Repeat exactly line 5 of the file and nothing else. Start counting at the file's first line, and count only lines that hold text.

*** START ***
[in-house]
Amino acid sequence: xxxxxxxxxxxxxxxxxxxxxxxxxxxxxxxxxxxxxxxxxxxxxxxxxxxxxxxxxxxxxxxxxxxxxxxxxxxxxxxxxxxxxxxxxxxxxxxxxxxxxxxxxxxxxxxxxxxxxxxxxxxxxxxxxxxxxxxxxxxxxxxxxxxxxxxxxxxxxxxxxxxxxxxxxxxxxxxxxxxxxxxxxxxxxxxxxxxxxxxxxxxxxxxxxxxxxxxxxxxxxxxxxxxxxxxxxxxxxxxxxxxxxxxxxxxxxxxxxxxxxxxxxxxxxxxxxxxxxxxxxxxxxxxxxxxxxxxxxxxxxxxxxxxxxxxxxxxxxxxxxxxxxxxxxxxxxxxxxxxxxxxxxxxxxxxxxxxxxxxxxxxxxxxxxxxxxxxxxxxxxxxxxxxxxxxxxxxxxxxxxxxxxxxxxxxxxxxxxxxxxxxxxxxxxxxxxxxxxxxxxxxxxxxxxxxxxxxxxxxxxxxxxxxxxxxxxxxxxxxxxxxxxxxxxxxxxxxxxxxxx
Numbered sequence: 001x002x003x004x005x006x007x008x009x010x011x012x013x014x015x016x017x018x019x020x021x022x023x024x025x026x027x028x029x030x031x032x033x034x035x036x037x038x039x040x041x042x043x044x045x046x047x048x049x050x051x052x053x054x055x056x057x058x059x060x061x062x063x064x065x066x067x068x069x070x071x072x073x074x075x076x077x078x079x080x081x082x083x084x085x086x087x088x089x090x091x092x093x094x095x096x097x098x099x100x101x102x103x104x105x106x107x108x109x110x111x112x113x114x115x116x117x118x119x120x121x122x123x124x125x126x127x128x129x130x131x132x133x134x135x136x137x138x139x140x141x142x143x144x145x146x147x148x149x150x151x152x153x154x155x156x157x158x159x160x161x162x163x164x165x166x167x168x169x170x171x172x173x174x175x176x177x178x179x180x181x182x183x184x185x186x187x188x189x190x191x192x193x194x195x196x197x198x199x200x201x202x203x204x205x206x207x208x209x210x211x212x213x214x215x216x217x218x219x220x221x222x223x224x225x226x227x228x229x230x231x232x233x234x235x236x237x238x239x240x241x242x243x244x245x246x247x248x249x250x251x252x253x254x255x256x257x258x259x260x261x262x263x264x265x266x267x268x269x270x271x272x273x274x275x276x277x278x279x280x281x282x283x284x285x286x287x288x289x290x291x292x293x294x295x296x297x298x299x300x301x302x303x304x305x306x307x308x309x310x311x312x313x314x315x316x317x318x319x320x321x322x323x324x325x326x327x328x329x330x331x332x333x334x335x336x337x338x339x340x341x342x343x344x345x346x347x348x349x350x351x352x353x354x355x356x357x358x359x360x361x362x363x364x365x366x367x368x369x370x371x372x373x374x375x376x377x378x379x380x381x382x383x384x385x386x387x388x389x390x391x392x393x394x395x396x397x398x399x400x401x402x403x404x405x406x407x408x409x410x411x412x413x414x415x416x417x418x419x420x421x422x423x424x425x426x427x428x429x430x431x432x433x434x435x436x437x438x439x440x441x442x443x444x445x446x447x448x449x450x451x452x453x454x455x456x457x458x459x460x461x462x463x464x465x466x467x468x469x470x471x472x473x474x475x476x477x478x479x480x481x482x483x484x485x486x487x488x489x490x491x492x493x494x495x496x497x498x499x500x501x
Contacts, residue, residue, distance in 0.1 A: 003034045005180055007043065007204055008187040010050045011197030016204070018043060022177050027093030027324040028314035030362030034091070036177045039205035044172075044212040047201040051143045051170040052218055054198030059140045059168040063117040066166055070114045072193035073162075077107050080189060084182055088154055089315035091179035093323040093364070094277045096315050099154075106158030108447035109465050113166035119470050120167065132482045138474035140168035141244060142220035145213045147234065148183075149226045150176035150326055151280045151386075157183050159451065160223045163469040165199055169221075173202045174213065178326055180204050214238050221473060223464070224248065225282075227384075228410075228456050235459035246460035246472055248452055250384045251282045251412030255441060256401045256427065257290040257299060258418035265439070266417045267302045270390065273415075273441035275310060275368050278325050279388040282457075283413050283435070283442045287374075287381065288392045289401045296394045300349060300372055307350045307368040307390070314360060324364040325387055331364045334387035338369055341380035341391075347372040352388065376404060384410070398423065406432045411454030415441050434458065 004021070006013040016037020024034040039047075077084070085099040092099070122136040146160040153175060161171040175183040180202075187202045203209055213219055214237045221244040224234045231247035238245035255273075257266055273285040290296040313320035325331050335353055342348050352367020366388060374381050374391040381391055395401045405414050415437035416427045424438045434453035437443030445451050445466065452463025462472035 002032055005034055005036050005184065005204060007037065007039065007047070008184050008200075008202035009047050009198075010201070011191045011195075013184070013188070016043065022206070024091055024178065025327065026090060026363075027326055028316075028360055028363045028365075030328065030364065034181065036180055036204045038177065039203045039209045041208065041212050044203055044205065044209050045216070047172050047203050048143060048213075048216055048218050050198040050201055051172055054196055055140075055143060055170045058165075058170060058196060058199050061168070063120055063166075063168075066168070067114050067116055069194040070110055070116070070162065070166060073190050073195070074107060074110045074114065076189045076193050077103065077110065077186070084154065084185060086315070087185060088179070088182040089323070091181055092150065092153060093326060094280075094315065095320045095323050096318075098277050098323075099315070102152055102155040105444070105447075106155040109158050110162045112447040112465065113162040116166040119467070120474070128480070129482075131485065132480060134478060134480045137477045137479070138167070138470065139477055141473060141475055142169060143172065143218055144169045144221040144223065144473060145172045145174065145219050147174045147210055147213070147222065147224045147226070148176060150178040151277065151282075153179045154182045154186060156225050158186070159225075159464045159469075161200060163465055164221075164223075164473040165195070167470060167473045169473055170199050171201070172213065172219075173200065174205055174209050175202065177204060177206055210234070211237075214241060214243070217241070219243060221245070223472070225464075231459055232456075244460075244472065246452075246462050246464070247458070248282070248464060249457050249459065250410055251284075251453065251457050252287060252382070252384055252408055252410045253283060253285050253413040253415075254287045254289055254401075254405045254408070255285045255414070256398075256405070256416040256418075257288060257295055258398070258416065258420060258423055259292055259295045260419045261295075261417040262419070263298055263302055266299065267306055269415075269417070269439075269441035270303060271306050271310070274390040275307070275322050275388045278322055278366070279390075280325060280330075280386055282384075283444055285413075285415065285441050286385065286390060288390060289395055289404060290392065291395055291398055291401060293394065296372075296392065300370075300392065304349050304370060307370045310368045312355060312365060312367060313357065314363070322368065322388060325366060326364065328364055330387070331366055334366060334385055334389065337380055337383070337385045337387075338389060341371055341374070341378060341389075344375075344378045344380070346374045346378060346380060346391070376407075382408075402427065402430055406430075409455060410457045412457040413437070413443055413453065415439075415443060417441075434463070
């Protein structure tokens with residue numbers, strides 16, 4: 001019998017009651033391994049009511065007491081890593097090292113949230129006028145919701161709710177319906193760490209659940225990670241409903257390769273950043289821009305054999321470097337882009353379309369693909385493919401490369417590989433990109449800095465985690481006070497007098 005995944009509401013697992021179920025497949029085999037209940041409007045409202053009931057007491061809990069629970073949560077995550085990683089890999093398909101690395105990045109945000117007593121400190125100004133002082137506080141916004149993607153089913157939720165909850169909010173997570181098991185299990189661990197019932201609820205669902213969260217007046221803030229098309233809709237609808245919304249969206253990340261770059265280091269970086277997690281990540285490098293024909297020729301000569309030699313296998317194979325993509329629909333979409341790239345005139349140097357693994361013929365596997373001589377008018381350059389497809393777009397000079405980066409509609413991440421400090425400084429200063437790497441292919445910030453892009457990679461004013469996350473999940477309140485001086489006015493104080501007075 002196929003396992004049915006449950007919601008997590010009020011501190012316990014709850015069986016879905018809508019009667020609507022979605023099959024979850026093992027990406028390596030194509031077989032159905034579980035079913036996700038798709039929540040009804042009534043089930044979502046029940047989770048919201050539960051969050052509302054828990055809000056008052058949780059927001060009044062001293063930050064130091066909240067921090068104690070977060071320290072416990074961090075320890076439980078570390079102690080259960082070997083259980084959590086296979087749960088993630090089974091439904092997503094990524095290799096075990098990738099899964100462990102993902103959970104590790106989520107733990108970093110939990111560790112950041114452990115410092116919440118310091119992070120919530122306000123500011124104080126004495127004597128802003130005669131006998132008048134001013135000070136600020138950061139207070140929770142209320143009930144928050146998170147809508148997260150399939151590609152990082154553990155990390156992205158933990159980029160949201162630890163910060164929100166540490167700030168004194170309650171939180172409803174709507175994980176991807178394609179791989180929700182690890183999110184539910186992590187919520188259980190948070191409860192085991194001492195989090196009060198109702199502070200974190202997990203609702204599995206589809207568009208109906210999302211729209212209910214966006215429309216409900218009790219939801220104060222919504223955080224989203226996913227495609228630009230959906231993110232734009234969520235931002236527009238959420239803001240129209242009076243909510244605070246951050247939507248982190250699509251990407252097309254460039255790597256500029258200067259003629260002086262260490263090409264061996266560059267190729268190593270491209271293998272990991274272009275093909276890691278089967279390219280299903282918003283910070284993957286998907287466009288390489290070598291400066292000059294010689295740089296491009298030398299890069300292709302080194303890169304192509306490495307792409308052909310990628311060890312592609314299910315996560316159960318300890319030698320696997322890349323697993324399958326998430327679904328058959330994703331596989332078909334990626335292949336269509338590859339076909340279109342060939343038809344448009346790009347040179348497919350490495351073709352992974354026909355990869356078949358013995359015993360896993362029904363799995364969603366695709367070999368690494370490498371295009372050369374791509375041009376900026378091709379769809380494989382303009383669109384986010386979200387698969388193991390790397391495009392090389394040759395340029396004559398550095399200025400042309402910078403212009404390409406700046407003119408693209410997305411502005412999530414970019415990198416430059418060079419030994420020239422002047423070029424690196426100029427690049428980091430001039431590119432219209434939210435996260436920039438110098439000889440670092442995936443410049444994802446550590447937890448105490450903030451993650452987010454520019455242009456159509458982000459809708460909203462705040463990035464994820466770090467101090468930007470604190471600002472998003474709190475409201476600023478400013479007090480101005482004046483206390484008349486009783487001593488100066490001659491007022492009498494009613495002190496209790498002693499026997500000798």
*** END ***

């Protein structure tokens with residue numbers, strides 16, 4: 001019998017009651033391994049009511065007491081890593097090292113949230129006028145919701161709710177319906193760490209659940225990670241409903257390769273950043289821009305054999321470097337882009353379309369693909385493919401490369417590989433990109449800095465985690481006070497007098 005995944009509401013697992021179920025497949029085999037209940041409007045409202053009931057007491061809990069629970073949560077995550085990683089890999093398909101690395105990045109945000117007593121400190125100004133002082137506080141916004149993607153089913157939720165909850169909010173997570181098991185299990189661990197019932201609820205669902213969260217007046221803030229098309233809709237609808245919304249969206253990340261770059265280091269970086277997690281990540285490098293024909297020729301000569309030699313296998317194979325993509329629909333979409341790239345005139349140097357693994361013929365596997373001589377008018381350059389497809393777009397000079405980066409509609413991440421400090425400084429200063437790497441292919445910030453892009457990679461004013469996350473999940477309140485001086489006015493104080501007075 002196929003396992004049915006449950007919601008997590010009020011501190012316990014709850015069986016879905018809508019009667020609507022979605023099959024979850026093992027990406028390596030194509031077989032159905034579980035079913036996700038798709039929540040009804042009534043089930044979502046029940047989770048919201050539960051969050052509302054828990055809000056008052058949780059927001060009044062001293063930050064130091066909240067921090068104690070977060071320290072416990074961090075320890076439980078570390079102690080259960082070997083259980084959590086296979087749960088993630090089974091439904092997503094990524095290799096075990098990738099899964100462990102993902103959970104590790106989520107733990108970093110939990111560790112950041114452990115410092116919440118310091119992070120919530122306000123500011124104080126004495127004597128802003130005669131006998132008048134001013135000070136600020138950061139207070140929770142209320143009930144928050146998170147809508148997260150399939151590609152990082154553990155990390156992205158933990159980029160949201162630890163910060164929100166540490167700030168004194170309650171939180172409803174709507175994980176991807178394609179791989180929700182690890183999110184539910186992590187919520188259980190948070191409860192085991194001492195989090196009060198109702199502070200974190202997990203609702204599995206589809207568009208109906210999302211729209212209910214966006215429309216409900218009790219939801220104060222919504223955080224989203226996913227495609228630009230959906231993110232734009234969520235931002236527009238959420239803001240129209242009076243909510244605070246951050247939507248982190250699509251990407252097309254460039255790597256500029258200067259003629260002086262260490263090409264061996266560059267190729268190593270491209271293998272990991274272009275093909276890691278089967279390219280299903282918003283910070284993957286998907287466009288390489290070598291400066292000059294010689295740089296491009298030398299890069300292709302080194303890169304192509306490495307792409308052909310990628311060890312592609314299910315996560316159960318300890319030698320696997322890349323697993324399958326998430327679904328058959330994703331596989332078909334990626335292949336269509338590859339076909340279109342060939343038809344448009346790009347040179348497919350490495351073709352992974354026909355990869356078949358013995359015993360896993362029904363799995364969603366695709367070999368690494370490498371295009372050369374791509375041009376900026378091709379769809380494989382303009383669109384986010386979200387698969388193991390790397391495009392090389394040759395340029396004559398550095399200025400042309402910078403212009404390409406700046407003119408693209410997305411502005412999530414970019415990198416430059418060079419030994420020239422002047423070029424690196426100029427690049428980091430001039431590119432219209434939210435996260436920039438110098439000889440670092442995936443410049444994802446550590447937890448105490450903030451993650452987010454520019455242009456159509458982000459809708460909203462705040463990035464994820466770090467101090468930007470604190471600002472998003474709190475409201476600023478400013479007090480101005482004046483206390484008349486009783487001593488100066490001659491007022492009498494009613495002190496209790498002693499026997500000798």